What to Consider
New options include all day preschool. If you child tolerates daycare well, then they should be happy to ease into all day preschool. There is not much difference in the level of activities offered to children, but to be funded as a preschool, there may be pressure to add more “academic” looking activities. Parents should be warned though that grade one entrance has no expectations that children should know more than to write their name and use the bathroom independently.
Kindergarten is still optional and voluntary in Alberta. It is assumed that in grade one, children are coming with no academic advantage. The grade one curriculum starts at knowledge level zero. Many children who have spent three years in an “academic” preschool may be bored in grade one if they already have covered colours, letters and numbers and have attended all the typical field trips already. In addition, children that have not attended preschool or Kindergarten catch up pretty quickly on the social rules of learning to take turns, line-up and raise their hand to speak.
Look for preschools with lots of unstructured toys that are open-ended play value. Sand tables, paint, playdough, blocks, people, houses, cars, trains, building toys, dress-up, puppets, art supplies, are very good toys in addition to a playground. So many families have computers, video consoles and hand held gaming systems at home, that children have ample opportunity to use them at home. Preschools away from home should have more physically interactive toys. At this age, it’s better to paint on paper and build with Lego than to do it on a computer screen. Children need the tactile experience.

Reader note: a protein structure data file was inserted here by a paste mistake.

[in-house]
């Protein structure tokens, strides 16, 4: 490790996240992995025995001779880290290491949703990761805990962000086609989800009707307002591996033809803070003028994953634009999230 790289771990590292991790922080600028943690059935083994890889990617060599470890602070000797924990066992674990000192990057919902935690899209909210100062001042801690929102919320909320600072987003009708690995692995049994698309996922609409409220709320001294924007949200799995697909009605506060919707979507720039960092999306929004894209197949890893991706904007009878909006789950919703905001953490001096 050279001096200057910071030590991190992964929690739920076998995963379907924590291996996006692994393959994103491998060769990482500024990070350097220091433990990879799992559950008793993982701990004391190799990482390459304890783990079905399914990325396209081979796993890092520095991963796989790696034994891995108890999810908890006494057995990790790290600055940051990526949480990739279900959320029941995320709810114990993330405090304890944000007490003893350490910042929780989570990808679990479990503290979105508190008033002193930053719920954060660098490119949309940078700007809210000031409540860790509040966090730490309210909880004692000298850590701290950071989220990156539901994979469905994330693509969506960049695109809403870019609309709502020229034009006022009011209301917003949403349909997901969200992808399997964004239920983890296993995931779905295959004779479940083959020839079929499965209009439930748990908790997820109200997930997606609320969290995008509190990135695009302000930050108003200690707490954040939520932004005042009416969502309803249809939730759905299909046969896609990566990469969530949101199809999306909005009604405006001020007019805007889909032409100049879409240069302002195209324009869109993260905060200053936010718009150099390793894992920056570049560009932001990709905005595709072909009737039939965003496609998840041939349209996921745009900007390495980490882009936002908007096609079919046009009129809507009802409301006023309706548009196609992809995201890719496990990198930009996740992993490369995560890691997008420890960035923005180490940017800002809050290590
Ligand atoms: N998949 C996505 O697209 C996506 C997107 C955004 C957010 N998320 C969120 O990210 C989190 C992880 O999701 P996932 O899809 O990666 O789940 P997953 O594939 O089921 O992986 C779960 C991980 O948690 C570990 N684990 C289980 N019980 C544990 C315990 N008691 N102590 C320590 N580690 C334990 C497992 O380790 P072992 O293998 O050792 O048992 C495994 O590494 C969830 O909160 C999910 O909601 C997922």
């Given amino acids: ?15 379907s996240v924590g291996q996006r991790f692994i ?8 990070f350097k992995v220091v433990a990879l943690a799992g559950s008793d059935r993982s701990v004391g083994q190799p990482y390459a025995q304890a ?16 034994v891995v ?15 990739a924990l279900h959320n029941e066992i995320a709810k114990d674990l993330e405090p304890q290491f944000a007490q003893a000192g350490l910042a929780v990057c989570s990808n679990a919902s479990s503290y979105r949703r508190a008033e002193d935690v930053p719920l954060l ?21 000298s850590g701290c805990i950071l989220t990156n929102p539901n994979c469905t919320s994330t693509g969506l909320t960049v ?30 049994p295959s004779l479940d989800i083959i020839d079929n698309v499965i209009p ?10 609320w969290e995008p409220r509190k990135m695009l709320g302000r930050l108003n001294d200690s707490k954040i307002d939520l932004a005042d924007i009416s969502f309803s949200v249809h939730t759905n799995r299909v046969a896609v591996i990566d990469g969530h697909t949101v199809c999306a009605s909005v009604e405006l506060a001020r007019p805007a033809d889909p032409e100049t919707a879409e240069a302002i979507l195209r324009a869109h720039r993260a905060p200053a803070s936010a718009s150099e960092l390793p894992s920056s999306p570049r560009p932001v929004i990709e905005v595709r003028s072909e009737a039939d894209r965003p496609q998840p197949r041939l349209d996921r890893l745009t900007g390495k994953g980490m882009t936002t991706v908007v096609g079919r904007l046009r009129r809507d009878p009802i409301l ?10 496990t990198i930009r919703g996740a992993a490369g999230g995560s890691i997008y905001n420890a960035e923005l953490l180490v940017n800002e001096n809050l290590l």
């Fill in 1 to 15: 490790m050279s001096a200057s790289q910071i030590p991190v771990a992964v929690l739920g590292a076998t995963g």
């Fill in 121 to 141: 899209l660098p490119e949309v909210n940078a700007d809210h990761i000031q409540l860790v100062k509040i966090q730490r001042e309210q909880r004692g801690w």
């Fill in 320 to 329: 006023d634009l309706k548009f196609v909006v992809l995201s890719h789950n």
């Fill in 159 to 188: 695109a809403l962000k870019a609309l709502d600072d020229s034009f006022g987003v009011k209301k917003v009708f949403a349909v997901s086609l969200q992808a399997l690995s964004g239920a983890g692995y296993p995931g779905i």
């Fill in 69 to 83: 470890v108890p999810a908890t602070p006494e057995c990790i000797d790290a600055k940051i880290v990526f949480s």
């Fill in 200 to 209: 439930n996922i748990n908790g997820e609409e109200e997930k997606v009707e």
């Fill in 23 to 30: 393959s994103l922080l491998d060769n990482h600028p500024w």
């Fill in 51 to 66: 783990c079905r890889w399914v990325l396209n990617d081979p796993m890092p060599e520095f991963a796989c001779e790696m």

As always, parents who try out a preschool program should watch their child for signs of discontent. Anxiety, sleeplessness, increased temper tantrums and sibling fighting, moodiness, and eating jags are signs of stress. Give a program two weeks and if signs do not subside, it may not be the right time for a formal play environment for your child. That’s okay, because they have plenty of time for outside the home experiences when they are older.